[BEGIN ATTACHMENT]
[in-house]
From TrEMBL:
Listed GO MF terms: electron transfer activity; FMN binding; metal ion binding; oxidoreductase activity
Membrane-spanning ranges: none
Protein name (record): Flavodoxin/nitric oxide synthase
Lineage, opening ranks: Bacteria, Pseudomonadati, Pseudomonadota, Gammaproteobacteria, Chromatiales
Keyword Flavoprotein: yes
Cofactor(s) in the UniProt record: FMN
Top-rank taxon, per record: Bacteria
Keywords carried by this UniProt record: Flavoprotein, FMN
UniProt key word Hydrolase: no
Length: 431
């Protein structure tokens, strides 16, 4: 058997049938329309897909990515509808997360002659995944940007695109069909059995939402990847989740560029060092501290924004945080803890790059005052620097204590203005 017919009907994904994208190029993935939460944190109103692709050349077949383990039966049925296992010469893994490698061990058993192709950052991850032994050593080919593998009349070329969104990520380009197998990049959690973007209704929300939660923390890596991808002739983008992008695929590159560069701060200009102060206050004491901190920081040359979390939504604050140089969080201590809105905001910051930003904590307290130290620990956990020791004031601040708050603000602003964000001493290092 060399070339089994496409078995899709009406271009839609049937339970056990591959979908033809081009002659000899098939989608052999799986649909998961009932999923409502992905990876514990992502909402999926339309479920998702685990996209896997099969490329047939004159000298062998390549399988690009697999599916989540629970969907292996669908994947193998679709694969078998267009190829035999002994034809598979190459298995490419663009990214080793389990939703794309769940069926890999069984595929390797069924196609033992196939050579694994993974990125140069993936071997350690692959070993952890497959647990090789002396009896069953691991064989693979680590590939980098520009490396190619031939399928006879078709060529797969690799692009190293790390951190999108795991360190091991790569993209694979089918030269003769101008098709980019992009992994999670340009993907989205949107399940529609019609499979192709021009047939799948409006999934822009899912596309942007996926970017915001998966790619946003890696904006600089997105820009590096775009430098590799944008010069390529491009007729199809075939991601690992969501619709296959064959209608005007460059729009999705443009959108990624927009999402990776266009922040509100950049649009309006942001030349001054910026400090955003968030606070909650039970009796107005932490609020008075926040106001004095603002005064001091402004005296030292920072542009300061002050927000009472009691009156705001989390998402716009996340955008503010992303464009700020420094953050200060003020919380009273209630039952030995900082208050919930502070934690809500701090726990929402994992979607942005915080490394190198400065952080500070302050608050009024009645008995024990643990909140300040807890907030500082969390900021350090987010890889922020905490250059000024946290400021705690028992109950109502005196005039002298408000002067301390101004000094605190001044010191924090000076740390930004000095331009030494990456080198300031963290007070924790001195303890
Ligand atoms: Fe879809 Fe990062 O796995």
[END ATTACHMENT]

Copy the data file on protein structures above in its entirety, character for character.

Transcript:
[in-house]
From TrEMBL:
Listed GO MF terms: electron transfer activity; FMN binding; metal ion binding; oxidoreductase activity
Membrane-spanning ranges: none
Protein name (record): Flavodoxin/nitric oxide synthase
Lineage, opening ranks: Bacteria, Pseudomonadati, Pseudomonadota, Gammaproteobacteria, Chromatiales
Keyword Flavoprotein: yes
Cofactor(s) in the UniProt record: FMN
Top-rank taxon, per record: Bacteria
Keywords carried by this UniProt record: Flavoprotein, FMN
UniProt key word Hydrolase: no
Length: 431
């Protein structure tokens, strides 16, 4: 058997049938329309897909990515509808997360002659995944940007695109069909059995939402990847989740560029060092501290924004945080803890790059005052620097204590203005 017919009907994904994208190029993935939460944190109103692709050349077949383990039966049925296992010469893994490698061990058993192709950052991850032994050593080919593998009349070329969104990520380009197998990049959690973007209704929300939660923390890596991808002739983008992008695929590159560069701060200009102060206050004491901190920081040359979390939504604050140089969080201590809105905001910051930003904590307290130290620990956990020791004031601040708050603000602003964000001493290092 060399070339089994496409078995899709009406271009839609049937339970056990591959979908033809081009002659000899098939989608052999799986649909998961009932999923409502992905990876514990992502909402999926339309479920998702685990996209896997099969490329047939004159000298062998390549399988690009697999599916989540629970969907292996669908994947193998679709694969078998267009190829035999002994034809598979190459298995490419663009990214080793389990939703794309769940069926890999069984595929390797069924196609033992196939050579694994993974990125140069993936071997350690692959070993952890497959647990090789002396009896069953691991064989693979680590590939980098520009490396190619031939399928006879078709060529797969690799692009190293790390951190999108795991360190091991790569993209694979089918030269003769101008098709980019992009992994999670340009993907989205949107399940529609019609499979192709021009047939799948409006999934822009899912596309942007996926970017915001998966790619946003890696904006600089997105820009590096775009430098590799944008010069390529491009007729199809075939991601690992969501619709296959064959209608005007460059729009999705443009959108990624927009999402990776266009922040509100950049649009309006942001030349001054910026400090955003968030606070909650039970009796107005932490609020008075926040106001004095603002005064001091402004005296030292920072542009300061002050927000009472009691009156705001989390998402716009996340955008503010992303464009700020420094953050200060003020919380009273209630039952030995900082208050919930502070934690809500701090726990929402994992979607942005915080490394190198400065952080500070302050608050009024009645008995024990643990909140300040807890907030500082969390900021350090987010890889922020905490250059000024946290400021705690028992109950109502005196005039002298408000002067301390101004000094605190001044010191924090000076740390930004000095331009030494990456080198300031963290007070924790001195303890
Ligand atoms: Fe879809 Fe990062 O796995």